(TNS) — Parking in Santa Fe has a new shortcut.
A downloadable smartphone application now allows residents and visitors to find one of the city’s 1,145 on-street metered parking spaces.
On the map that shows up on the user’s screen, lime-green pins mark where meters are not in use across the area surrounding the Plaza and over to the Railyard.
You can click, view the maximum length of time allowed for that space, drive over and, assuming you don’t find a vehicle squatting in front of a meter after its time has expired, you park, then pay. Done.
The app can also save users a trip: Instead of the dreaded walk back to the meter as it is set to expire, time can be added and updated remotely.
The city’s partnership with ParkMobile, which provides a similar service in more than 350 North American cities, helps solve a 21st-century wrinkle in one of the capital city’s longstanding and most vexing problems — how to manage and incentivize the behavior of downtown employees and shop owners who want to park near work and tourists who want to park near their destination while open spaces sit in city garages.
The program has been popular in its early phases, city officials said. During a “soft launch” week in early October, when the city began slapping lime-green notices on each of the downtown meters, the app was used almost 570 times — and that was without any advertising or public announcement beyond the stickers.
Santa Fe was added to ParkMobile’s network of parking areas at no cost to City Hall, city spokesman Matt Ross said.
Revenues from the meter fees remain entirely with the city. Users pay a 20-cent add-on service fee per transaction, which ParkMobile collects itself.
Increases in meter rates implemented in 2016 infuriated many downtown merchants, who said they were caught off-guard. Those rate hikes were intended, in part, to improve the turnover at the meters and push more automobiles into the city’s garage structures, especially those of regular parkers making longer-term stays. The city also saw increased revenue.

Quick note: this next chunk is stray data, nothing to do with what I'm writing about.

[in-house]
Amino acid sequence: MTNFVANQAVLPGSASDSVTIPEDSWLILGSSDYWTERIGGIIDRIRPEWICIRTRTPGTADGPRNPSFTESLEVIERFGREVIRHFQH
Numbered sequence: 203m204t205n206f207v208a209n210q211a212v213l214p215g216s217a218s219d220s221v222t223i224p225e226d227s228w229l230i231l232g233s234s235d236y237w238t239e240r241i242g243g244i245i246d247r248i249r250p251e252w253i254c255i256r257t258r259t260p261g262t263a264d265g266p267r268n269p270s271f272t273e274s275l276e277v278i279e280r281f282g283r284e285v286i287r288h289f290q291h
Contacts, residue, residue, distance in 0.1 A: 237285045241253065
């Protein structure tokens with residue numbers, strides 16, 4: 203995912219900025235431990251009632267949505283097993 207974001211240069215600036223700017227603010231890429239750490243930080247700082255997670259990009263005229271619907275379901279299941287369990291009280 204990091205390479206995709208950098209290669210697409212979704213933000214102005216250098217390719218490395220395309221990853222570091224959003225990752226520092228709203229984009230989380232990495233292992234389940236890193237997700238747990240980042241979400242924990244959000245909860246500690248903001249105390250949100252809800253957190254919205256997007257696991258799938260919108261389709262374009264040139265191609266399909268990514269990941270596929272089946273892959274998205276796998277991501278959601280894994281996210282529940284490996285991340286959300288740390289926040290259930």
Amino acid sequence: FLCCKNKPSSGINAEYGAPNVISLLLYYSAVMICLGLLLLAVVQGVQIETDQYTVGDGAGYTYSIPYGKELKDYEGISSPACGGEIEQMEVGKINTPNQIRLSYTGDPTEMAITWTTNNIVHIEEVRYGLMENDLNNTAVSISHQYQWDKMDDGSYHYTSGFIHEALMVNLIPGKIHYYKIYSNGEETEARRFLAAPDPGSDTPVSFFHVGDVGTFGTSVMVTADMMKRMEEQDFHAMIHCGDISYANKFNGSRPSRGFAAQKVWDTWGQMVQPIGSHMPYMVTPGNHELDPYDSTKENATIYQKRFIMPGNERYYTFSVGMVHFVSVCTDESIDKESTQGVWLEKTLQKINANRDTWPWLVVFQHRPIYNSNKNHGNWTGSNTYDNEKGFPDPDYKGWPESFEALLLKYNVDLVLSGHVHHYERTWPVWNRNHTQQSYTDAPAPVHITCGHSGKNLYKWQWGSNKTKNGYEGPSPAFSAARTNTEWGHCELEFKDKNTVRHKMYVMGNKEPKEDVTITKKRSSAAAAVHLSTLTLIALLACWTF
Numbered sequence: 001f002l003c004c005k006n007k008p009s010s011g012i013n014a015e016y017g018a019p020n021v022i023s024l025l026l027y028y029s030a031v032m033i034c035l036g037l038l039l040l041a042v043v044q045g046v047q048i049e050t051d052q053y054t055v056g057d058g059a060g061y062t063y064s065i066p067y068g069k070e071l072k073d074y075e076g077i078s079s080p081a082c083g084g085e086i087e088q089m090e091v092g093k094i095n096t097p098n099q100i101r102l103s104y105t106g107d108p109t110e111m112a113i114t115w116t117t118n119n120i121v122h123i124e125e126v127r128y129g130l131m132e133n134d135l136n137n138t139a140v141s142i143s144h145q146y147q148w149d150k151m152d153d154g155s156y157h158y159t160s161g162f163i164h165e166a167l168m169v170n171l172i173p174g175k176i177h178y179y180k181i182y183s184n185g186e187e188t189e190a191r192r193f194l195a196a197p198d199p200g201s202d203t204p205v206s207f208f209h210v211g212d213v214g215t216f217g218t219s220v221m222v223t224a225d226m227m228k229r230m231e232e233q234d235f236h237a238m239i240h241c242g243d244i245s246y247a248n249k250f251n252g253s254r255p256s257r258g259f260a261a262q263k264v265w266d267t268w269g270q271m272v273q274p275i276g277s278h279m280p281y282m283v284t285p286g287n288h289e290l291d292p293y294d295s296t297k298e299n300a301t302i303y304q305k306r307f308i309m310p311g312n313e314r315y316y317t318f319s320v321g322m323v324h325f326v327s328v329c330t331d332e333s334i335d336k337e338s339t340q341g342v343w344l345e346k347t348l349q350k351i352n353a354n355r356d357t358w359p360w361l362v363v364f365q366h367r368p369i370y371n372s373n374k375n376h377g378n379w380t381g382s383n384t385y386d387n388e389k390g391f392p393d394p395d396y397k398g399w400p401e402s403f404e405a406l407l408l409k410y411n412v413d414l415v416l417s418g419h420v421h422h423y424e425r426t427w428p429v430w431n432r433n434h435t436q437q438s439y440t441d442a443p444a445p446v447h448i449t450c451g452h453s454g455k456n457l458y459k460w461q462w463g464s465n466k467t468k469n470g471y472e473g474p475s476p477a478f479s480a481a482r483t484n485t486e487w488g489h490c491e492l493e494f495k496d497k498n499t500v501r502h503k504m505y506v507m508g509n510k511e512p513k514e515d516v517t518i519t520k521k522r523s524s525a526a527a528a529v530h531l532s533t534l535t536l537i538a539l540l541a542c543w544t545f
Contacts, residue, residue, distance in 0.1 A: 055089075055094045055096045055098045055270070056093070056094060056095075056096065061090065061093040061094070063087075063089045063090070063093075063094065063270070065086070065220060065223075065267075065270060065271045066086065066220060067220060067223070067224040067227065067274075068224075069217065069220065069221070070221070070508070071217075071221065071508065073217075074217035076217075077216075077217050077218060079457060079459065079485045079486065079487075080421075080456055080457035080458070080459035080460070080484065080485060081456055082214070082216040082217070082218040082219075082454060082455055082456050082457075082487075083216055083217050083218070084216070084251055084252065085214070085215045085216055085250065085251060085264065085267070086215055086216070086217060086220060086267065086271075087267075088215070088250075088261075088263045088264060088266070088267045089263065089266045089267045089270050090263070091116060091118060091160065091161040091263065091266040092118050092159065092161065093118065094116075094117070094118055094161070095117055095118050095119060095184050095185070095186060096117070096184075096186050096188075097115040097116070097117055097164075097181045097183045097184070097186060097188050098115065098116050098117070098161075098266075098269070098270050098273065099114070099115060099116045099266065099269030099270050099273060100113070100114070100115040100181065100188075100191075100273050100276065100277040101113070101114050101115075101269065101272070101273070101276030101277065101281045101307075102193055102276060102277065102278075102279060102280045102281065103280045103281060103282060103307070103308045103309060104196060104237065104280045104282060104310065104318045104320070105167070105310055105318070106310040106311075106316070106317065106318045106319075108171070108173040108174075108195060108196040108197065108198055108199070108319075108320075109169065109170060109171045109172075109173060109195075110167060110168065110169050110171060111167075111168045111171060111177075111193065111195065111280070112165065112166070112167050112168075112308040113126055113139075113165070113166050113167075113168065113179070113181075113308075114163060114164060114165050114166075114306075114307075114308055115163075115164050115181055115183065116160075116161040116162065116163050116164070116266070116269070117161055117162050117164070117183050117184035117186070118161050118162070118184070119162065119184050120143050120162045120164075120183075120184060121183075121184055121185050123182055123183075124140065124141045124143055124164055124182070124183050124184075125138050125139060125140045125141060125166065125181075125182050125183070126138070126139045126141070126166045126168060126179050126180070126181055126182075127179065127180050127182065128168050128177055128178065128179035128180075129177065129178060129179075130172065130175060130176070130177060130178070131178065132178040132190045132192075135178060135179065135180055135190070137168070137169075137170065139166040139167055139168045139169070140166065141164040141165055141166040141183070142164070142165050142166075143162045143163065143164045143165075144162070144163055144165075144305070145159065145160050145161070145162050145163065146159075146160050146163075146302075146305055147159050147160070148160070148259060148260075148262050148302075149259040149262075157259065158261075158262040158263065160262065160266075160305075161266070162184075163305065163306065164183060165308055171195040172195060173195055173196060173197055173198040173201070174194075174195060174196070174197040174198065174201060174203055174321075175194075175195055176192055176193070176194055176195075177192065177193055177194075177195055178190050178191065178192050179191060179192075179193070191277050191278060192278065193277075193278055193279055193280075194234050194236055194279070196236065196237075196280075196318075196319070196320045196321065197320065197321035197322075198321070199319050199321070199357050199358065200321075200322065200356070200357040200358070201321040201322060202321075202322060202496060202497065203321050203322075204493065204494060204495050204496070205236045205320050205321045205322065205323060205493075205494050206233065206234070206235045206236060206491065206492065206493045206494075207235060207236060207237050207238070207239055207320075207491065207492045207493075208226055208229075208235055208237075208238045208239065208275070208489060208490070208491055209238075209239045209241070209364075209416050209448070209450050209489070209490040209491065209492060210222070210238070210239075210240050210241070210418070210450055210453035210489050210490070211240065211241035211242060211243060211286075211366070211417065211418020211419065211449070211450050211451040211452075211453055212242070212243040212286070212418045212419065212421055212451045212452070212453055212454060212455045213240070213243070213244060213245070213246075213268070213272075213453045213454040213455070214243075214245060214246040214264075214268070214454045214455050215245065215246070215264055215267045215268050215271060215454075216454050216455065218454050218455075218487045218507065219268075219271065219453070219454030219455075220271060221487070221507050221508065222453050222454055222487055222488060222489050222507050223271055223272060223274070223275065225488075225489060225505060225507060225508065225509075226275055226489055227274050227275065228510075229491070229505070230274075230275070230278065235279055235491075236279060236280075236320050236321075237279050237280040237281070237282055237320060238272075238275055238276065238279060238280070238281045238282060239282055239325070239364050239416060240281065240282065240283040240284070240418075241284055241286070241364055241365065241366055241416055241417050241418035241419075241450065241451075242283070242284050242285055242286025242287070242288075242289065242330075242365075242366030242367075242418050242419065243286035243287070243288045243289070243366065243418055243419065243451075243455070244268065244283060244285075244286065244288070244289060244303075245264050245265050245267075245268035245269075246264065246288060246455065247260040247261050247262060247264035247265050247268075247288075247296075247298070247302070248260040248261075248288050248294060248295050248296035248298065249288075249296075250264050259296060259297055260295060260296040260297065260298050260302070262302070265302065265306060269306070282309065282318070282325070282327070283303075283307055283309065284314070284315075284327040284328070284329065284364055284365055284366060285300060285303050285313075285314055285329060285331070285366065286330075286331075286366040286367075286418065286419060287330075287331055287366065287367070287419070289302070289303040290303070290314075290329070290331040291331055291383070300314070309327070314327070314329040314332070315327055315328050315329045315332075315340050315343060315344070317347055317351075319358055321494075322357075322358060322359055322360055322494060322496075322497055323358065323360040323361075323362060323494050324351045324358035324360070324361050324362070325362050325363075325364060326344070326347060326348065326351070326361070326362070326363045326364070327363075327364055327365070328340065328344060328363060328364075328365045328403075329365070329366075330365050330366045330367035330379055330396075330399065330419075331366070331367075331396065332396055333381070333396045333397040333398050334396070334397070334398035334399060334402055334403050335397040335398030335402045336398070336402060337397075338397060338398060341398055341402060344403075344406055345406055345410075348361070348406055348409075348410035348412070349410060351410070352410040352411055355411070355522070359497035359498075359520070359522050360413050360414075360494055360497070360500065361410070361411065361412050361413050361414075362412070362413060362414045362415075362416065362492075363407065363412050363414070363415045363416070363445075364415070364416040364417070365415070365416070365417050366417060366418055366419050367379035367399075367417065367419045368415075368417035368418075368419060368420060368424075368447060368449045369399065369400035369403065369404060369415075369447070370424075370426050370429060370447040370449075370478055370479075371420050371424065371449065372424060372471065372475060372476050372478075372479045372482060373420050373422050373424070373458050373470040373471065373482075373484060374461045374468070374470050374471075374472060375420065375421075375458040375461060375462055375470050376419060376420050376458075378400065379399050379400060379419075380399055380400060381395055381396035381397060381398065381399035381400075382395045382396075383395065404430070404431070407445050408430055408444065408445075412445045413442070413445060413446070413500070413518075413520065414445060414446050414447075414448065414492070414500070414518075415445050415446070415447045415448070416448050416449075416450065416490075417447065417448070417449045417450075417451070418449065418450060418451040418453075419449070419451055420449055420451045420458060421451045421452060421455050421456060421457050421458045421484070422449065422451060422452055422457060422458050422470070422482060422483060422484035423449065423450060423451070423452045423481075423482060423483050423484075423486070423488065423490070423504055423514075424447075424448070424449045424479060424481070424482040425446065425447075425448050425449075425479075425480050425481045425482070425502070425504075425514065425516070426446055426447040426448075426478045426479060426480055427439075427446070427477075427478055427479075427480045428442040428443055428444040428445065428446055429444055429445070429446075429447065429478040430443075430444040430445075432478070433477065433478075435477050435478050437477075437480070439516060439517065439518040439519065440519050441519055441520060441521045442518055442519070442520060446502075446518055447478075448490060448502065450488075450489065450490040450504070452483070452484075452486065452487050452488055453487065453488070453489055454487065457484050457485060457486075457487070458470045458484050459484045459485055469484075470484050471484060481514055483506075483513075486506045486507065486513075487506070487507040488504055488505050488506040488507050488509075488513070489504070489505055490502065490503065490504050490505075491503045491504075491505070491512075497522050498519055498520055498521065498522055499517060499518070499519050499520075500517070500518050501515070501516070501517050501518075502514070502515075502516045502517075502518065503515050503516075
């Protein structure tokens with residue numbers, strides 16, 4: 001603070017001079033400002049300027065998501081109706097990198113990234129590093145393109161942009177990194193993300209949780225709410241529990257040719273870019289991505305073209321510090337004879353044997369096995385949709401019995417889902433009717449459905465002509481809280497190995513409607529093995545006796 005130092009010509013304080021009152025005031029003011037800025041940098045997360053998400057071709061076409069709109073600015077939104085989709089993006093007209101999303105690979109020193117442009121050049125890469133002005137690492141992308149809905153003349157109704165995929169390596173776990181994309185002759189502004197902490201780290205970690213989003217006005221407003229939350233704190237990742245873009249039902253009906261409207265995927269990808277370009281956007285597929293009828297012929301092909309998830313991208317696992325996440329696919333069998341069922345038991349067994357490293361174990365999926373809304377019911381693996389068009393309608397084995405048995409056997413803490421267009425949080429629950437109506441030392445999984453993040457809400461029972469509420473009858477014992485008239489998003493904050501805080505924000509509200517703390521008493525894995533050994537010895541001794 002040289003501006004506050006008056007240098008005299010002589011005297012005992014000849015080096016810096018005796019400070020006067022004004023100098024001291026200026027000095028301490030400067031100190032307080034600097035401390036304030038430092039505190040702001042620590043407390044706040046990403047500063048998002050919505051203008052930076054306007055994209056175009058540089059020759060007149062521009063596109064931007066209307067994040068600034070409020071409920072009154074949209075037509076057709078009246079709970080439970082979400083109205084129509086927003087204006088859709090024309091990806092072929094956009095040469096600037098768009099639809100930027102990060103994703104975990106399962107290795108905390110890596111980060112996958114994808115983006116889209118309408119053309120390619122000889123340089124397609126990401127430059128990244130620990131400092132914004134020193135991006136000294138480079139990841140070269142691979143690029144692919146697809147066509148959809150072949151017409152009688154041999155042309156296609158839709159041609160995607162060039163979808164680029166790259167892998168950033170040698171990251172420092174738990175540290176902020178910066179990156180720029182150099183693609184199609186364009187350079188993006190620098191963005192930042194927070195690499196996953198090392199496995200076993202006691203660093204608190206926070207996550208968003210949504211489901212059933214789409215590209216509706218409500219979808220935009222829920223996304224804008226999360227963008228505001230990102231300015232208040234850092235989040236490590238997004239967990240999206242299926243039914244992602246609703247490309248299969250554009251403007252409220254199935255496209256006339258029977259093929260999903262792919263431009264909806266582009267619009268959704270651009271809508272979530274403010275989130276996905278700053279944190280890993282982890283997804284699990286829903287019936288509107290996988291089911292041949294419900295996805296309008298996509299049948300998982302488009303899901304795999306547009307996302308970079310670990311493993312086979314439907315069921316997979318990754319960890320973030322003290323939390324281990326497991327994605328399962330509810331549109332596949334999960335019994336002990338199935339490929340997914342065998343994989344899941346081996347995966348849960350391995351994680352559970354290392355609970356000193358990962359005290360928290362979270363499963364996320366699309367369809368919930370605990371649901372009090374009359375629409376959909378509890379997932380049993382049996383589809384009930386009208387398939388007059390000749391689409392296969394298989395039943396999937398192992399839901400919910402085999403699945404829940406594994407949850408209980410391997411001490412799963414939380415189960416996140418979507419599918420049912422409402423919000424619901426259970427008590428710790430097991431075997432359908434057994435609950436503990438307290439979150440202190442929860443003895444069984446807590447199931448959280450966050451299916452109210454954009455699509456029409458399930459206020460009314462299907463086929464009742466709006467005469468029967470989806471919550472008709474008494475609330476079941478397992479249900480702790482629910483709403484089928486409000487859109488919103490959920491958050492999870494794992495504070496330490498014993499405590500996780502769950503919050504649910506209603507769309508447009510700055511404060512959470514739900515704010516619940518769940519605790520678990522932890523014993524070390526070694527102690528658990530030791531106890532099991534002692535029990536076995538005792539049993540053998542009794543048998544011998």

Although the ParkMobile app, available for both iPhone and Android devices, can notify users of an impending expiration of their meter and allows them to extend their time from their phone, the software has been programmed to honor time limits on the city’s meters.
“When your time is up, you can’t pay extra,” said Noel Correia, the city’s Parking Division director. “And you open yourself to being cited if an officer is nearby.”
Correia said the user’s license plate, which must be entered in the app, would not allow them to re-up with a new limit at the same space.
“This totally helps with the convenience,” Correia said, adding the city expected to see an average of 200 transactions a day on the app.
Bob Andreotti, director of the Downtown Merchants Association, said the app was an interesting idea but questioned whether added convenience for on-street spaces should take precedence over efforts to get more long-term or regular downtown parkers into city garages.
“To change or regulate the behavior of people parking, you have to have the right things in place to incentivize people,” Andreotti said. “What are the incentives for parking policy in general? … What we have is a situation where the parking division is implementing policy with, from what we can tell, no input from the merchants, and we don’t like that.”
Simon Brackley of the Santa Fe Chamber of Commerce said his impression was downtown business owners had largely come to terms with the 2016 rate increases but that more still needed to be done to encourage drivers to use garages. Still, he said, it’s a good problem to have.
“Our downtown is very, very dynamic,” Brackley said. “We’re lucky there are a lot of shoppers downtown. That’s part of the mix. We can charge a bit more than somewhere that has a dying Main Street.”
©2018 The Santa Fe New Mexican (Santa Fe, N.M.). Distributed by Tribune Content Agency, LLC.